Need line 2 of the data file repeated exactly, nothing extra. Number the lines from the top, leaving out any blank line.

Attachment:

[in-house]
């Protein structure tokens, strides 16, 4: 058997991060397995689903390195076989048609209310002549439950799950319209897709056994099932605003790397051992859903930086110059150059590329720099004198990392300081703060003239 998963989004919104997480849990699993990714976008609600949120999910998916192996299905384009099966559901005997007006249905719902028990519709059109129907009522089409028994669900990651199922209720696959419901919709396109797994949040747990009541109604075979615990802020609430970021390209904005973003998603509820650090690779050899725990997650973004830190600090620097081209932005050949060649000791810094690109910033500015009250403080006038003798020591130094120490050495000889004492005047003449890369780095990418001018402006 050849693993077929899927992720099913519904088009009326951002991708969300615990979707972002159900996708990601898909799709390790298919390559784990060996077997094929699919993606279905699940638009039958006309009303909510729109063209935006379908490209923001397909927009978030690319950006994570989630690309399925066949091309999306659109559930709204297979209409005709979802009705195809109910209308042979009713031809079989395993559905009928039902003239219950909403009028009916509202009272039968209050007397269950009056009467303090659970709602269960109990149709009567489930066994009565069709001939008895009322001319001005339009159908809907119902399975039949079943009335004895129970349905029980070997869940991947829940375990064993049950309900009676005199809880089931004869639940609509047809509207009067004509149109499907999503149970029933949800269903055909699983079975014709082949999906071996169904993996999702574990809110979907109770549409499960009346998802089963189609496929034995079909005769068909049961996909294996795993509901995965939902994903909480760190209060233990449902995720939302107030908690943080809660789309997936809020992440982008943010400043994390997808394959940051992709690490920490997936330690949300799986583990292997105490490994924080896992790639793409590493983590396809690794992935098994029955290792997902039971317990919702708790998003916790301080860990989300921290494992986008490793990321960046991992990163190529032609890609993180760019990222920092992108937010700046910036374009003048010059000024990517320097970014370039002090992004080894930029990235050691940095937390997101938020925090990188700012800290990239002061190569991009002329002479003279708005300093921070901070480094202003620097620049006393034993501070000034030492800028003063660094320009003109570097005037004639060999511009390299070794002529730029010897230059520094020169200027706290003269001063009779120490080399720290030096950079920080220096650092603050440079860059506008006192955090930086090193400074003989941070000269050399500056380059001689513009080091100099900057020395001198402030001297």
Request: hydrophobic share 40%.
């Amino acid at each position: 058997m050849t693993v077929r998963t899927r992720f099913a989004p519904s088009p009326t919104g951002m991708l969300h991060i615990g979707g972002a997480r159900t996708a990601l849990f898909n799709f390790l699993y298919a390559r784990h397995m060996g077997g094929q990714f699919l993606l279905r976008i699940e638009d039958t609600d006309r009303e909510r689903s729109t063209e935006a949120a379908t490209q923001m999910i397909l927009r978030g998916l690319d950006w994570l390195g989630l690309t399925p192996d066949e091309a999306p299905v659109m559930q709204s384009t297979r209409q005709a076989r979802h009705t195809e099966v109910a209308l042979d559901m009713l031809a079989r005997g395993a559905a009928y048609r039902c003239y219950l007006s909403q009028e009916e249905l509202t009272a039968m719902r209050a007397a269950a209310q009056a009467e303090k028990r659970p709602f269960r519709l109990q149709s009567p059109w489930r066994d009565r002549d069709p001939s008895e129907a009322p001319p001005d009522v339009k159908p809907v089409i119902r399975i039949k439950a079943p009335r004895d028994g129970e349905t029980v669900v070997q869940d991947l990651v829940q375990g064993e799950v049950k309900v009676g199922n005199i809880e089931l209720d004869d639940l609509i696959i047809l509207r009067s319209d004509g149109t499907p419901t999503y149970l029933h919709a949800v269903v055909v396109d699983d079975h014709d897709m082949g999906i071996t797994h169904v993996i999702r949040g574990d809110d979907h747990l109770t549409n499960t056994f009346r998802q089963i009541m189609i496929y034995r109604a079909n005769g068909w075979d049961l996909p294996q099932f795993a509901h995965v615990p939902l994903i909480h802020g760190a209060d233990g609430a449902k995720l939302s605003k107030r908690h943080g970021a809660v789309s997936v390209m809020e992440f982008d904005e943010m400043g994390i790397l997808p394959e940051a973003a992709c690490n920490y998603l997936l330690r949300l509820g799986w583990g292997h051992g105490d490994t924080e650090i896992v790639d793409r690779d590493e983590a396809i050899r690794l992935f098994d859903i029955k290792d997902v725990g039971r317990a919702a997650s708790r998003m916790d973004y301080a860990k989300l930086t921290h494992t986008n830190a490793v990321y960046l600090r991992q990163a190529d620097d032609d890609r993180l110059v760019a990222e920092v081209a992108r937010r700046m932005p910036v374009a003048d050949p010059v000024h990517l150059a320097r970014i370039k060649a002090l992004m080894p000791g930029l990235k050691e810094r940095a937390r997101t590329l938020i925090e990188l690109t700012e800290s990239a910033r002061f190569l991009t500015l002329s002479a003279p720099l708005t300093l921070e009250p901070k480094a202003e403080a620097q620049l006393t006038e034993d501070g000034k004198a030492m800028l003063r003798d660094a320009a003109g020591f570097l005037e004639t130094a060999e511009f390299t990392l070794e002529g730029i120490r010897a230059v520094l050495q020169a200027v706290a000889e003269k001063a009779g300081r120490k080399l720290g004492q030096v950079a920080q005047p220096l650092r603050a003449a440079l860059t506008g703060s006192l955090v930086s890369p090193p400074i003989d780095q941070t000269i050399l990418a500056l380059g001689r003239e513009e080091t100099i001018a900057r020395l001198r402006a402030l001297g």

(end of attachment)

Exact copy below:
């Protein structure tokens, strides 16, 4: 058997991060397995689903390195076989048609209310002549439950799950319209897709056994099932605003790397051992859903930086110059150059590329720099004198990392300081703060003239 998963989004919104997480849990699993990714976008609600949120999910998916192996299905384009099966559901005997007006249905719902028990519709059109129907009522089409028994669900990651199922209720696959419901919709396109797994949040747990009541109604075979615990802020609430970021390209904005973003998603509820650090690779050899725990997650973004830190600090620097081209932005050949060649000791810094690109910033500015009250403080006038003798020591130094120490050495000889004492005047003449890369780095990418001018402006 050849693993077929899927992720099913519904088009009326951002991708969300615990979707972002159900996708990601898909799709390790298919390559784990060996077997094929699919993606279905699940638009039958006309009303909510729109063209935006379908490209923001397909927009978030690319950006994570989630690309399925066949091309999306659109559930709204297979209409005709979802009705195809109910209308042979009713031809079989395993559905009928039902003239219950909403009028009916509202009272039968209050007397269950009056009467303090659970709602269960109990149709009567489930066994009565069709001939008895009322001319001005339009159908809907119902399975039949079943009335004895129970349905029980070997869940991947829940375990064993049950309900009676005199809880089931004869639940609509047809509207009067004509149109499907999503149970029933949800269903055909699983079975014709082949999906071996169904993996999702574990809110979907109770549409499960009346998802089963189609496929034995079909005769068909049961996909294996795993509901995965939902994903909480760190209060233990449902995720939302107030908690943080809660789309997936809020992440982008943010400043994390997808394959940051992709690490920490997936330690949300799986583990292997105490490994924080896992790639793409590493983590396809690794992935098994029955290792997902039971317990919702708790998003916790301080860990989300921290494992986008490793990321960046991992990163190529032609890609993180760019990222920092992108937010700046910036374009003048010059000024990517320097970014370039002090992004080894930029990235050691940095937390997101938020925090990188700012800290990239002061190569991009002329002479003279708005300093921070901070480094202003620097620049006393034993501070000034030492800028003063660094320009003109570097005037004639060999511009390299070794002529730029010897230059520094020169200027706290003269001063009779120490080399720290030096950079920080220096650092603050440079860059506008006192955090930086090193400074003989941070000269050399500056380059001689513009080091100099900057020395001198402030001297």